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|R E V I E W B Y R I C H C L I N E||
dir James Wan|
scr Ian Mackenzie Jeffers
with Kevin Bacon, Garrett Hedlund, Kelly Preston, Aisha Tyler, Jordan Garrett, Stuart Lafferty, John Goodman, Matt O'Leary, Edi Gathegi, Hector Atreyu Ruiz, Rich Ceraulo, Leigh Whannell
release US/UK 31.Aug.07
07/US Fox 1h45
This thing stops right now: Preston and Bacon
This film harks back to 1970s vengeance classics with its gritty visual style and Death Wish plot (it's based on Brian Garfield's sequel novel). There are moments of raw power in the vivid characters, but it never quite comes together.
Nick (Bacon) is a successful businessman with a model family: sexy, loving wife (Preston) and two extremely well-adjusted teen sons (Lafferty and Garrett). One night he's out with the older one, talking about his future as a pro hockey player, when they stumble into a robbery that's actually a grisly initiation rite for a young thug (O'Leary) whose brother Billy (Hedlund) runs their gang. Nick's life is shattered, and when the legal system fails him, he reluctantly begins take things into his own hands.
The film's opening section is so idyllic that we know something awful is on the way. From the Saw franchise, director Wan knows how to carefully set up vicious mayhem, and continually he unsettles us before leading into the full force of viciousness. The film is a rollercoaster of violence and calm, nasty retribution and brief pauses where we can catch our breath. It's utterly gripping, even when it begins to feel corny.
Bacon throws his acting muscle at the role, making Nick into a haunted, driven man who's even more shocked at his own capacity for violence than at what is inflicted on him. His odyssey gets increasingly unbearable as he drifts out of Death Wish territory into Die Hard desperation and ultimately Rambo-like single-mindedness. Meanwhile, Hedlund is a strong match for his fierce energy, as is Goodman in a rare villainous role.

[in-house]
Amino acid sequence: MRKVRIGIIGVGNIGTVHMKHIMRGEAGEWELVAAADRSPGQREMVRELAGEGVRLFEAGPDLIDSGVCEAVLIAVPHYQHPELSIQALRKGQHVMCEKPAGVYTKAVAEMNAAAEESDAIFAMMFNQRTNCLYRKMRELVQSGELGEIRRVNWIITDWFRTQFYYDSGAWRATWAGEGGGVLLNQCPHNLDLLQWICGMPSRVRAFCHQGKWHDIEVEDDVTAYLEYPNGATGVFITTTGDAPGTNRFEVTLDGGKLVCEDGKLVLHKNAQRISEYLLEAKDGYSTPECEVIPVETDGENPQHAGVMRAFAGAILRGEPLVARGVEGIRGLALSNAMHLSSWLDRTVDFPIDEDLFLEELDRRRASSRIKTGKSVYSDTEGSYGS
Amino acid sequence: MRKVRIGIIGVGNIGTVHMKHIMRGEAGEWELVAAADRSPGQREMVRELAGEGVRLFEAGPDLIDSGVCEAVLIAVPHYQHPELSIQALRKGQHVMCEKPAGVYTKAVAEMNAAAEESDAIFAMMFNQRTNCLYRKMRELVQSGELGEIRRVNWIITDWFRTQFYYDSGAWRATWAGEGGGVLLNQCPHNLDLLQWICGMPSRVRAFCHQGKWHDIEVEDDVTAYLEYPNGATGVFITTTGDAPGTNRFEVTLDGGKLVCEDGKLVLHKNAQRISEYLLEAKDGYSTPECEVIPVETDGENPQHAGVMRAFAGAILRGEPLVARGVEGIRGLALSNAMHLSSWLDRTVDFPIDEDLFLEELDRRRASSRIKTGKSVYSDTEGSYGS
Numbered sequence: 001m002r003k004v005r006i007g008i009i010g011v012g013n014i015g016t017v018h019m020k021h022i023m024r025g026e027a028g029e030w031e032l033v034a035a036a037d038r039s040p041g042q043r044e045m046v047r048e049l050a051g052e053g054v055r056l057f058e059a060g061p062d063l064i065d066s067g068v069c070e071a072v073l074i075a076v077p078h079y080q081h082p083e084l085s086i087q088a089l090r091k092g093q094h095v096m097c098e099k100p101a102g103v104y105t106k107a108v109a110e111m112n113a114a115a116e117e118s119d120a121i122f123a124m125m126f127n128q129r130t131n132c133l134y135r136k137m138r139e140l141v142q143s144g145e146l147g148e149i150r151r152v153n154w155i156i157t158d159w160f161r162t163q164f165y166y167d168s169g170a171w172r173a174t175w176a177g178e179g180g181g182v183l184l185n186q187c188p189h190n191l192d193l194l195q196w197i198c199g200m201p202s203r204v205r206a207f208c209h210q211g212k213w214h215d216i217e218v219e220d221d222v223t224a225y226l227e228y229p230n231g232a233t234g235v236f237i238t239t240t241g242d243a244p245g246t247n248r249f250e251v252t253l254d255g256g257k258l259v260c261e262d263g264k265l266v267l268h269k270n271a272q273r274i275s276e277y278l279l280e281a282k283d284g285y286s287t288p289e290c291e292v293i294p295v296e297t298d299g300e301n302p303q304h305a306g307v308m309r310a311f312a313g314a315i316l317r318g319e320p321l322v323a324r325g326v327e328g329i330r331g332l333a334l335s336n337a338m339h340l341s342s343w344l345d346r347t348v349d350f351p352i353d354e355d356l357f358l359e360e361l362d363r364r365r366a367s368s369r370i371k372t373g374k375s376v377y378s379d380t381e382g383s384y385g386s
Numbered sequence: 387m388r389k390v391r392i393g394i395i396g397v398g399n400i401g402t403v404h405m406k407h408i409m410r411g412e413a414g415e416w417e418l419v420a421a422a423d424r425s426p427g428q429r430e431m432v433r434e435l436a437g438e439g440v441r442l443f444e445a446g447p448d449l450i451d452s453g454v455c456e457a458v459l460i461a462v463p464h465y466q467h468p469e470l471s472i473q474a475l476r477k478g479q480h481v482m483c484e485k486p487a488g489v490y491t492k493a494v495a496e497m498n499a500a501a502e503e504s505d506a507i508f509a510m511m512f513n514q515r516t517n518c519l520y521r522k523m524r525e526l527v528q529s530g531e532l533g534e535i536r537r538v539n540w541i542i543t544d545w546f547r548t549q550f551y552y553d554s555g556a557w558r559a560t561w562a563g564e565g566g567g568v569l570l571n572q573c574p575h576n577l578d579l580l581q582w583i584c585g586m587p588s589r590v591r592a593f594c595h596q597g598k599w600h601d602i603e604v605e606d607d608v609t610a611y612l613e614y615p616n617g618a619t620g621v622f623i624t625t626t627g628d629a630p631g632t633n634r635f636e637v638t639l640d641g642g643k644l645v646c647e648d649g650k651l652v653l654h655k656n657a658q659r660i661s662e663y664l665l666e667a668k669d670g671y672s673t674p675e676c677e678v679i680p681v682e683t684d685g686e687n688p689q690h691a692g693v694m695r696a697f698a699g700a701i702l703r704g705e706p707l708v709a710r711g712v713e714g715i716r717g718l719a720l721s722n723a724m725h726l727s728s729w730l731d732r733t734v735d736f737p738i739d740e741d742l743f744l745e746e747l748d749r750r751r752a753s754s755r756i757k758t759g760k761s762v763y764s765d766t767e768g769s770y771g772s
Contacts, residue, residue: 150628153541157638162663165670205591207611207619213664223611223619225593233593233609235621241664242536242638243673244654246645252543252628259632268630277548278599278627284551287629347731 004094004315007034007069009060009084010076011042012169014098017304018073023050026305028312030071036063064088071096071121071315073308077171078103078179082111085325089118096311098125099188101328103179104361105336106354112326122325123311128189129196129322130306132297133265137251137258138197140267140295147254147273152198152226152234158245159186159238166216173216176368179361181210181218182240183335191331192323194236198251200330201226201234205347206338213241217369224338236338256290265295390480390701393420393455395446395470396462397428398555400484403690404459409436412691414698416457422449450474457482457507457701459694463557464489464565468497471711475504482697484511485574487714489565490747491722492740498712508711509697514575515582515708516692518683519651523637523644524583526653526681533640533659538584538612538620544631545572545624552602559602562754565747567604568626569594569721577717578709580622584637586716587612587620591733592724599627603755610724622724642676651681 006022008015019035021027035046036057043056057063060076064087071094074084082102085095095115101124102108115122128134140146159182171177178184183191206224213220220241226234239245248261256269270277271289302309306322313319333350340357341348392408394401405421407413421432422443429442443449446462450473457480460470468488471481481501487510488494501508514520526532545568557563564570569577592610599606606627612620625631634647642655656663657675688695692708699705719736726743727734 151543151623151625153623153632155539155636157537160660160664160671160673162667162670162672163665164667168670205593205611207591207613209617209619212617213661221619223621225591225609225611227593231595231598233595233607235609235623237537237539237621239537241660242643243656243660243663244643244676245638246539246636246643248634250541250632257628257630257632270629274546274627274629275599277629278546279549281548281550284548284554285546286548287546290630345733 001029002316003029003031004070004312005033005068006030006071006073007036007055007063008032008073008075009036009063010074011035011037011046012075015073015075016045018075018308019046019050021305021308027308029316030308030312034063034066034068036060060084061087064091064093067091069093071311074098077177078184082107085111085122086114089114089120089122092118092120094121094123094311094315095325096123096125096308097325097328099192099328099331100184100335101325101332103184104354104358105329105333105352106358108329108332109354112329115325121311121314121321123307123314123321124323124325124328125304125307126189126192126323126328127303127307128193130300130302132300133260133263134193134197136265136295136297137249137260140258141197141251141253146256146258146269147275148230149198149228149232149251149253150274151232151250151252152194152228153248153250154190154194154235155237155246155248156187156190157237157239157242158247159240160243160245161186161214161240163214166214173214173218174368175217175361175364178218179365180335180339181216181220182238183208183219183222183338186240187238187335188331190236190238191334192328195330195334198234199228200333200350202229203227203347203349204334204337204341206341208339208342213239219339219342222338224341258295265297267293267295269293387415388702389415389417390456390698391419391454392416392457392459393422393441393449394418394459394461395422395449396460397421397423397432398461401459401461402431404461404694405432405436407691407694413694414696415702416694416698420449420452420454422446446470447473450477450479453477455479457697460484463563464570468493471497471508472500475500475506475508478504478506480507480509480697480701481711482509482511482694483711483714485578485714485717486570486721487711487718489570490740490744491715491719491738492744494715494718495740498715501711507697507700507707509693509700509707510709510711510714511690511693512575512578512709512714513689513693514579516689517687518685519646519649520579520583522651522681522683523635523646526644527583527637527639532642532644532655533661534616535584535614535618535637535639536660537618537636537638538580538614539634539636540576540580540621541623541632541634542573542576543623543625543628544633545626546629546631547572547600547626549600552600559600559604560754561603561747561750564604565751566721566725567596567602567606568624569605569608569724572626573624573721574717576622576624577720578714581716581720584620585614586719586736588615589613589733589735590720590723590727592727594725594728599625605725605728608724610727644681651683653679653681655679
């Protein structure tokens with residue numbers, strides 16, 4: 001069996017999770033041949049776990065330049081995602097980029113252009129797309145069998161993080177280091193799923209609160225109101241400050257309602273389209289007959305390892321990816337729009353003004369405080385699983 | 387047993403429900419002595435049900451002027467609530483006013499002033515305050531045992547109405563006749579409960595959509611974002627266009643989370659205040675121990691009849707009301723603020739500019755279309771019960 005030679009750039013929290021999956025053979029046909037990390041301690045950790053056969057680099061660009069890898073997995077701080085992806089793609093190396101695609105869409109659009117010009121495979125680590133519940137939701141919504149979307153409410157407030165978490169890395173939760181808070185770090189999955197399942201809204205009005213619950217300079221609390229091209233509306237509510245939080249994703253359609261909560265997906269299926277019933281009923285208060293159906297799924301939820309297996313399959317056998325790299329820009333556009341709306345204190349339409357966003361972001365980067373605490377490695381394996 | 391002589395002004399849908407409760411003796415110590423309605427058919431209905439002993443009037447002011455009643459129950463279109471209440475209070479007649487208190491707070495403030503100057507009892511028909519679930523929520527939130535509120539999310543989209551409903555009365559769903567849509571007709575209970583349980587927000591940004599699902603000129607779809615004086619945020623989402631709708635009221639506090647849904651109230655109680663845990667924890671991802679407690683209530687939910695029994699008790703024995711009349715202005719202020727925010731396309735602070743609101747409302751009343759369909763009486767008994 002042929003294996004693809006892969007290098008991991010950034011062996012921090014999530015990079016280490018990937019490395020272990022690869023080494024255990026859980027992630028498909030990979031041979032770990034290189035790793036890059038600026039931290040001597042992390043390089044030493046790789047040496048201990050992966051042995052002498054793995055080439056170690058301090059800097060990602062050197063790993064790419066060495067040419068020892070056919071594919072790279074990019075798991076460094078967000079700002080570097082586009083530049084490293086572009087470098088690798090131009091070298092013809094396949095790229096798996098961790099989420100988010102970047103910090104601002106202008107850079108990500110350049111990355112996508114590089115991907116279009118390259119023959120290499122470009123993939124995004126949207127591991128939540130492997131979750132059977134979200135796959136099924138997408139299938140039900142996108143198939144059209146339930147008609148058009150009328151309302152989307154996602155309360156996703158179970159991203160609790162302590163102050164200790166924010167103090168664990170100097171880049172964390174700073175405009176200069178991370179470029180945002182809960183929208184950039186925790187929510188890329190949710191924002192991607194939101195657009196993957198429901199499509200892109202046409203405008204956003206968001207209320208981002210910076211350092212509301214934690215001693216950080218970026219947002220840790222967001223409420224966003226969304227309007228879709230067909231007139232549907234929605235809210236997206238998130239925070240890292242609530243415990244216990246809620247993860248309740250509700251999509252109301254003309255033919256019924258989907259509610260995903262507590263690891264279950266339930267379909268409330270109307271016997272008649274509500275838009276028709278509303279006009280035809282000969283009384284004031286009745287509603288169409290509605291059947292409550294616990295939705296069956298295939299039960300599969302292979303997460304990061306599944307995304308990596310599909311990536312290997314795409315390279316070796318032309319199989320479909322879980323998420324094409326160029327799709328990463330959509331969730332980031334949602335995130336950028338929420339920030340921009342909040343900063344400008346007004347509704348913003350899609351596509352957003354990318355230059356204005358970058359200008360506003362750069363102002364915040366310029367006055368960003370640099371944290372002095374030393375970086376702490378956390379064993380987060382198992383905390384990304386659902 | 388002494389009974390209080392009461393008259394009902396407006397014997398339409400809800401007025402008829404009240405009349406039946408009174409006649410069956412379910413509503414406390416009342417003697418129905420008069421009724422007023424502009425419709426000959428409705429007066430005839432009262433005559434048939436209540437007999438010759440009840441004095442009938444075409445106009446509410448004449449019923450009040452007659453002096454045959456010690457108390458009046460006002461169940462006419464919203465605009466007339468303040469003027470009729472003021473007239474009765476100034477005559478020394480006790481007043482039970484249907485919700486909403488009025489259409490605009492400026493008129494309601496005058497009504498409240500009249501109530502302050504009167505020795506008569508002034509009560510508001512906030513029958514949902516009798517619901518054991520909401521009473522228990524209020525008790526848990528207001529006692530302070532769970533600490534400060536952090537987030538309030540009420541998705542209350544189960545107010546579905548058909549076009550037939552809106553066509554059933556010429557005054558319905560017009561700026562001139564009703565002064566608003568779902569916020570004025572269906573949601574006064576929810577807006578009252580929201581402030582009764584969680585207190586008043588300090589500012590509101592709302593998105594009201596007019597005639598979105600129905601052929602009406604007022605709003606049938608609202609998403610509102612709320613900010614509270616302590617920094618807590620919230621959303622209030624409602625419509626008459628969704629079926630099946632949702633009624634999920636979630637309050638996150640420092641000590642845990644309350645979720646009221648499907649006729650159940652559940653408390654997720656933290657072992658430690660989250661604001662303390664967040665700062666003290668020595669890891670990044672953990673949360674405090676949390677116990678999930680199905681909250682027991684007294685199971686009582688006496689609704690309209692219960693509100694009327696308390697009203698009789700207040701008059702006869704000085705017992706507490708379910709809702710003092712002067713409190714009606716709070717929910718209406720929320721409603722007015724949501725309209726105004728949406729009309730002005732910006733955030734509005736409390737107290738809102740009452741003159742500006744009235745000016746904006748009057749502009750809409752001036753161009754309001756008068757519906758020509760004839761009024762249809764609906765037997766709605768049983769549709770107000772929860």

Throughout the film, Wan wisely keeps the camera on Bacon's face, where the descent to brutality is even more present than in the lurid sets and desaturated colours. And if we haven't got it by then, he adds a few not-so-subliminal bits of graffiti ("Welcome to hell") and branding ("Could U"). And even a tell-tale wound that taunts Nick with his evil deeds. From here it's not too far to goofy overstatement, improbable plotting and an overwrought finale. But at least Wan keeps the atmosphere utterly gruelling all the way.
|John, yahoo: "A quite unpleasant experience punctuated with moments of boredom. The violence is visceral but bearable and without Saw's shock value. The director obviously relies on his audience viewing the underclass with a mixture of fear and revulsion. The 'twist' being that it is all to easy to sink to 'their' level. The film also chucks in a bit of token post-modern narrative with the main baddies father turning out to be not such a good egg either. Forgetting the politics, the story is implausible and the characters do not engage. It ends EXACTLY as you know it will." (23.Feb.08)|
© 2007 by Rich Cline, Shadows on the Wall
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